Wednesday, June 4, 2008

A Tale of Two Cities ...

Old Town
Bay St. Louis, Mississippi

When planning our recent trip to the Mississippi Gulf Coast, one of the places we were looking forward to visiting was Old Town Bay St. Louis. Prior to Katrina (as shown in the photo below), Old Town was home to more than 40 unique galleries, boutiques, and restaurants and was featured in the book The 100 Best Small Art Towns in America.

Post Katrina Old Town was a different story, indeed:

I had no idea what to expect as far as the recovery process of Bay St. Louis, but I was saddened by what I saw. This poignant sign says a lot ...

There are several shops and art galleries that have reopened, but the majority of them are literally no longer there (as in, "blown away") or have been boarded up.

I took these two pictures of Main Street, looking toward the Gulf:

On a more positive note, Old Town has resumed its traditional "Second Saturday Art Walk," featuring extended shop hours and live entertainment. It was the first city event to reestablish itself after the storm and has remained an economic and psychological anchor for the community. Just twelve days after the storm, a small group of artists gathered at the foot of Main Street (flashlights in hand) and celebrated the survival and strength of the city's spirit.

The mayor of Bay St. Louis, Mr. Eddie Favre (yes, he's a distant cousin of Brett), sees a vibrant future ahead: “The people here have gone through so much. But that hasn’t taken our pride in our city, nor our ability and will to work. We’re going to bring this city back - better than ever.”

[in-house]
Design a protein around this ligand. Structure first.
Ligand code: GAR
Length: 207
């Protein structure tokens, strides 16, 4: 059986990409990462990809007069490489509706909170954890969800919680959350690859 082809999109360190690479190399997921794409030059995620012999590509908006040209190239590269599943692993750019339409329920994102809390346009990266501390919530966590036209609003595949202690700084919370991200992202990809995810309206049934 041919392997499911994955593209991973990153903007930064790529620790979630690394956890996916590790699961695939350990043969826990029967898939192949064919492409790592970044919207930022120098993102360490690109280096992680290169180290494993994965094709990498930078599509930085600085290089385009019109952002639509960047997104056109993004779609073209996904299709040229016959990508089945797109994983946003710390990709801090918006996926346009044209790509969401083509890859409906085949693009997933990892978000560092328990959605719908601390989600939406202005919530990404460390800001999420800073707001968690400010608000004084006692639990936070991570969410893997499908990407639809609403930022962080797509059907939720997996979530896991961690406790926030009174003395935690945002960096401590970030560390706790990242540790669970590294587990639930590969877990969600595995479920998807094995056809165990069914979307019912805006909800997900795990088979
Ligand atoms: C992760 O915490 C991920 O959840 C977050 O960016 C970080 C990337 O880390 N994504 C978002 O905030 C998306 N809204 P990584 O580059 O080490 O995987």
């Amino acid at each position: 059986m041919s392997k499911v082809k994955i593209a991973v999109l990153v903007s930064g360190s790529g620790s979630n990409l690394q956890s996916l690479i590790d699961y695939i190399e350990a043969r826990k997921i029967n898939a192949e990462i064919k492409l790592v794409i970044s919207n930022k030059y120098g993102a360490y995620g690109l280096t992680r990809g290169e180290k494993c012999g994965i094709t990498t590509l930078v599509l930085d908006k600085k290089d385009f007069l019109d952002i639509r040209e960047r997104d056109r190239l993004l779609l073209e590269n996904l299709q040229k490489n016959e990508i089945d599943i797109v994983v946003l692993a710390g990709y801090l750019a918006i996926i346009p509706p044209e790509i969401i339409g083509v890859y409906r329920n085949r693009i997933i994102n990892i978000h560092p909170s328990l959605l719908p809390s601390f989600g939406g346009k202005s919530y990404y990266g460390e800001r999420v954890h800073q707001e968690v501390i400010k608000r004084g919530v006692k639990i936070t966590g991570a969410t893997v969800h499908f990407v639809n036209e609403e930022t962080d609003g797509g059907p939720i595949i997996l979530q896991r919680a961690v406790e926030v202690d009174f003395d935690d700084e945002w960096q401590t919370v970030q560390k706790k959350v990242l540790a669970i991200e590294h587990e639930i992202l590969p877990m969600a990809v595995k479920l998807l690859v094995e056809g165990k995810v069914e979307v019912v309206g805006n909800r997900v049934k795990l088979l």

Note: The "before" photos shown above courtesy of the Mississippi Heritage Trust website.

Ocean Springs, Mississippi ...

In sharp contrast to the fate of Bay St. Louis is the story of the town of Ocean Springs. The beachfront was destroyed by Katrina, but the quaint shopping district with its charming galleries, art studios, boutiques, and restaurants was miraculously spared.

It reminds me of the stories of tornado victims who find a crystal vase without a scratch on it sitting amidst a pile of rubble. One shop owner said, "We didn't even have a limb down."

I hope you enjoyed my stories about our trip. I've created a slideshow of my photos which you'll find below, if you'd like to see them.

1 comment:

Rue said...

The devastation is unreal, isn't it? I haven't been there, but I know people that have and also some that live there. It makes me sad to see what was once there and what it is now. I hope one day it will be just a distant memory.